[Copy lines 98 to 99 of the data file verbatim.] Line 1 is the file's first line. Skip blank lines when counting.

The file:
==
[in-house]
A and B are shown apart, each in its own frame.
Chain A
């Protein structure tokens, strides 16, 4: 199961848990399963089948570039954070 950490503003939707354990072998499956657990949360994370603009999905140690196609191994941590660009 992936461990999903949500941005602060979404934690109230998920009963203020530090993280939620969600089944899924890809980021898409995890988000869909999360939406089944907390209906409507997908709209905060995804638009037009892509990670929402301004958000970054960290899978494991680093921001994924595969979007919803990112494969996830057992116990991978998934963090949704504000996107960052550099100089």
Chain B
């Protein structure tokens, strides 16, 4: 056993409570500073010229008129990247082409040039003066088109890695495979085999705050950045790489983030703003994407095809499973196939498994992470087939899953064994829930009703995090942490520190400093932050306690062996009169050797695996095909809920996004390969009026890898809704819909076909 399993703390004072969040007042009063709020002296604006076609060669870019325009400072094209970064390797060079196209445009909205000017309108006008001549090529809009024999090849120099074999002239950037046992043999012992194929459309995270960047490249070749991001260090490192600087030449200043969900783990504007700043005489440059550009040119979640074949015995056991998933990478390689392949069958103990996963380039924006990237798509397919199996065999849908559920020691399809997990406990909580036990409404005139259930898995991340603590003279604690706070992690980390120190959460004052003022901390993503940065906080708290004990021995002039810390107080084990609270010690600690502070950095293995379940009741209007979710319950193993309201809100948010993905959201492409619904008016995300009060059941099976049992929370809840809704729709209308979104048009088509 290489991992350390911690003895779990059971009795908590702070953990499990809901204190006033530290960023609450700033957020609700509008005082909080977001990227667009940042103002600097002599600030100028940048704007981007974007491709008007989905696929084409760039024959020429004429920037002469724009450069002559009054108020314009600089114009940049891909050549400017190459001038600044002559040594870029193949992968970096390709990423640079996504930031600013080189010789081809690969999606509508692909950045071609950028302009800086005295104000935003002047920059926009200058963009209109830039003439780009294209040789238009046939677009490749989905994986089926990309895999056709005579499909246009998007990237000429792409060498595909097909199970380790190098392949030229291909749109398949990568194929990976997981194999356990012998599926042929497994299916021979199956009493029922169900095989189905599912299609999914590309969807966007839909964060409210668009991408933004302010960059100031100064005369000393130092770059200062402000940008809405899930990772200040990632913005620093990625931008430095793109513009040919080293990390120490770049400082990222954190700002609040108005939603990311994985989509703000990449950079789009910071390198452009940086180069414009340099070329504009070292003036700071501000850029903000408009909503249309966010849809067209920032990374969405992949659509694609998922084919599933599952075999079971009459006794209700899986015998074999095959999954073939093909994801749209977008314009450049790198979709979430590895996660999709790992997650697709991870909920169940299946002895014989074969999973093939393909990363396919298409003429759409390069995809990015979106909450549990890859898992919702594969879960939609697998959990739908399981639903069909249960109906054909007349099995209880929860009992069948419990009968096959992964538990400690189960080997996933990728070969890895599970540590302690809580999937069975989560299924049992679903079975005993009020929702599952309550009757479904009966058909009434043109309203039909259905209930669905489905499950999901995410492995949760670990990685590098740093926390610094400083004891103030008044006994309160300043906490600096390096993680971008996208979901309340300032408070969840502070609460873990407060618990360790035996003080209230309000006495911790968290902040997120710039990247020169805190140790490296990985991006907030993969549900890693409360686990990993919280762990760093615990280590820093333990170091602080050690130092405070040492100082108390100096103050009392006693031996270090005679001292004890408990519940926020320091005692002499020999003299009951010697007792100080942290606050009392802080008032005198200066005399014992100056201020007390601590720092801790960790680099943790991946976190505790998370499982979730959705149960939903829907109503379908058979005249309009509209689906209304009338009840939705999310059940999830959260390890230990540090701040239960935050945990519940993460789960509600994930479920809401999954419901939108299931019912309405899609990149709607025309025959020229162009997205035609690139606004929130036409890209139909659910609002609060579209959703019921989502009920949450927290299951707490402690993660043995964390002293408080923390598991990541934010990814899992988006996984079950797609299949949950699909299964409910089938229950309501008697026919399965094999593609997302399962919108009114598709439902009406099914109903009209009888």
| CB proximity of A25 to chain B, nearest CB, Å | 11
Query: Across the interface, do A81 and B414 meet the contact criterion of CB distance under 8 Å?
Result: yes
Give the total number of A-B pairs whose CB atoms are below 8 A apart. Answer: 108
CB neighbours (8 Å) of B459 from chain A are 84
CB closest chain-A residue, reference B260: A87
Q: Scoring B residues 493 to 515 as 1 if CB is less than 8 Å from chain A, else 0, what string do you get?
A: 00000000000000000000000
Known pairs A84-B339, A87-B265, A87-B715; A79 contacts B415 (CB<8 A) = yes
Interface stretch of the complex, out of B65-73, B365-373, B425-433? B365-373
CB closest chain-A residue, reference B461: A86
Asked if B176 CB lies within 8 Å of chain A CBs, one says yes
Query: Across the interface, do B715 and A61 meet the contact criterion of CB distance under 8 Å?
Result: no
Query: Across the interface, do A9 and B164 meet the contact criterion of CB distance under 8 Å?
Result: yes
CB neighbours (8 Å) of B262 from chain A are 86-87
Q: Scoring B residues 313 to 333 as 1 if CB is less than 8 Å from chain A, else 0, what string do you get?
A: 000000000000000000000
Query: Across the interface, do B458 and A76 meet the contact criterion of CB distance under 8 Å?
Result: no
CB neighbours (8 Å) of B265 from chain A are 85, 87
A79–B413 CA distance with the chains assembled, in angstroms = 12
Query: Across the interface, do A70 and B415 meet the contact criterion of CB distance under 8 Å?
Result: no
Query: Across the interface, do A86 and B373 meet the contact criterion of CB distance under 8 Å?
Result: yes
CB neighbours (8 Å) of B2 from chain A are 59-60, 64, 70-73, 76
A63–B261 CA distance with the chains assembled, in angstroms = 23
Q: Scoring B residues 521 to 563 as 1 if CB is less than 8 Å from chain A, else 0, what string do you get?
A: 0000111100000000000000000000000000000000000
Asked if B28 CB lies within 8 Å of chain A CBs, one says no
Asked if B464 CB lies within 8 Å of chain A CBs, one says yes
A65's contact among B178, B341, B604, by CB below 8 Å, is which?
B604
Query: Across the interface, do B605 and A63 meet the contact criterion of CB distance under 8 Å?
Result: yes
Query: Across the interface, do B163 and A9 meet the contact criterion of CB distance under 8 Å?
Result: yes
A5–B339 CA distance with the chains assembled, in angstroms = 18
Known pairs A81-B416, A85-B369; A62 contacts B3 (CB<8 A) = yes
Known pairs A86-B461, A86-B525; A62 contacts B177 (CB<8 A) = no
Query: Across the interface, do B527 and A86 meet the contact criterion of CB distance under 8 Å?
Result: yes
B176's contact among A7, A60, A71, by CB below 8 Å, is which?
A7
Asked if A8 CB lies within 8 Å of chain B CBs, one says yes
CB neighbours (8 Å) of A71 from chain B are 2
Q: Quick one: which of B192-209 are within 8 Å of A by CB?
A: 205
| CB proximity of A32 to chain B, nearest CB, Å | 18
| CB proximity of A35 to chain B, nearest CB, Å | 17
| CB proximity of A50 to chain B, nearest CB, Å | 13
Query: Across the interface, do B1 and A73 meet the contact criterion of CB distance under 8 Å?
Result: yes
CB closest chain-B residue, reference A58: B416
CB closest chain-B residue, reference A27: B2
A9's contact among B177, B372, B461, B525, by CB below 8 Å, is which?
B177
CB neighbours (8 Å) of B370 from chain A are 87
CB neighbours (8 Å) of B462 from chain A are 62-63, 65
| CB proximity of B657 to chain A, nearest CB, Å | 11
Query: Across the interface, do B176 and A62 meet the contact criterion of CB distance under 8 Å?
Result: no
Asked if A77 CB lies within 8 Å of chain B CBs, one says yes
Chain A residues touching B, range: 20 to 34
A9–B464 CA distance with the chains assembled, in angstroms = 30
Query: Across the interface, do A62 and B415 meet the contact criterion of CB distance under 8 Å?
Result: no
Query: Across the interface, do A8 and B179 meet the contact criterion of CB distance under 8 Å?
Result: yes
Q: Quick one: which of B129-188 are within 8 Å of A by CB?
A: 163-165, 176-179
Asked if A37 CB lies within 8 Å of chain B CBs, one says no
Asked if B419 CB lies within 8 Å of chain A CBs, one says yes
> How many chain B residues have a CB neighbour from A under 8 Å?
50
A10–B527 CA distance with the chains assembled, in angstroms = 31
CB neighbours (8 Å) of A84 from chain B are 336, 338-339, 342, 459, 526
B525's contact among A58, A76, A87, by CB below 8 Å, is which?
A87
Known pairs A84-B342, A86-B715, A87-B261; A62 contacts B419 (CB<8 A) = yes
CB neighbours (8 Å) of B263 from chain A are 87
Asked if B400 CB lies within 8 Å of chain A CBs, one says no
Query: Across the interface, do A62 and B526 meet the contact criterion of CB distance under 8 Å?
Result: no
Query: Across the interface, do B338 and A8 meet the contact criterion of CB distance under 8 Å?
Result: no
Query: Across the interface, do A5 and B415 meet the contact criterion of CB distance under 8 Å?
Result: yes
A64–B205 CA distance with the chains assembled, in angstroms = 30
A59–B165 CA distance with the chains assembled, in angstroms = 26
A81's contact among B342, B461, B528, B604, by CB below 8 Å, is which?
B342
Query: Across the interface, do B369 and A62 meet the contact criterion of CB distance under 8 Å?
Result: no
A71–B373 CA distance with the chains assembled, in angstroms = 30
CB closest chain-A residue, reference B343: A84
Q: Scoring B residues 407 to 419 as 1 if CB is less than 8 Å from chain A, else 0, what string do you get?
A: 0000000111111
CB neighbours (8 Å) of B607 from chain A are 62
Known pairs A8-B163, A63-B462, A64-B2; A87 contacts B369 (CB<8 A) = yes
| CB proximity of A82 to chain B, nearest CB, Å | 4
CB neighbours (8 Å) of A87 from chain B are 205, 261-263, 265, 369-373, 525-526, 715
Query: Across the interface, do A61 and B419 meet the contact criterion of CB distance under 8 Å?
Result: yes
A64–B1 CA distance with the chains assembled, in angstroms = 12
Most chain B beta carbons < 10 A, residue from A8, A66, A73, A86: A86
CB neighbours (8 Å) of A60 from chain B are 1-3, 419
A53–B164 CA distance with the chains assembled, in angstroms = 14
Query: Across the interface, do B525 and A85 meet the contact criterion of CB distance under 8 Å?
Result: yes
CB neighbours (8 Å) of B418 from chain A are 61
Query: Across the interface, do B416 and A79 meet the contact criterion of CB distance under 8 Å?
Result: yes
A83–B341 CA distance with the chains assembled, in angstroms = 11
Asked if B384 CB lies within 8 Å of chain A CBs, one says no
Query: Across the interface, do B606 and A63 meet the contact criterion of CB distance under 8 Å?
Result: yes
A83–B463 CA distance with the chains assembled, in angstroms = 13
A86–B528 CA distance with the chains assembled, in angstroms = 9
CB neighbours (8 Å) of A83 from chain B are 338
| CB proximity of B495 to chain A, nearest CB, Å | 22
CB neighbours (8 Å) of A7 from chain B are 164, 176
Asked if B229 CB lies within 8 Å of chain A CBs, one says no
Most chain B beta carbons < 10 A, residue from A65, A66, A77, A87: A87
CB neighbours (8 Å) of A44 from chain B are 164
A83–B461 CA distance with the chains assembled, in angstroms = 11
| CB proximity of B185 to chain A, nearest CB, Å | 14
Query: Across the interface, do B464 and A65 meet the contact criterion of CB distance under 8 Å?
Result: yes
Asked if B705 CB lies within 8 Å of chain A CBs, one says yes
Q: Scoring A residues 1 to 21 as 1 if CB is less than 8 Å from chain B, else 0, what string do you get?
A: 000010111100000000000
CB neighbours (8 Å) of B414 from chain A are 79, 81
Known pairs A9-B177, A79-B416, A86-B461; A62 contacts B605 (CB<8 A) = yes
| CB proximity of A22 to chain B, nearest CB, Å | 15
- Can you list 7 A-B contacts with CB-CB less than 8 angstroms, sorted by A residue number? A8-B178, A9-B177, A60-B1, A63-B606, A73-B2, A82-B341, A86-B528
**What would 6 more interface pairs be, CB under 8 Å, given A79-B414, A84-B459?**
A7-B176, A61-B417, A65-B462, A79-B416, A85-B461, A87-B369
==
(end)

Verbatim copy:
A59–B165 CA distance with the chains assembled, in angstroms = 26
A81's contact among B342, B461, B528, B604, by CB below 8 Å, is which?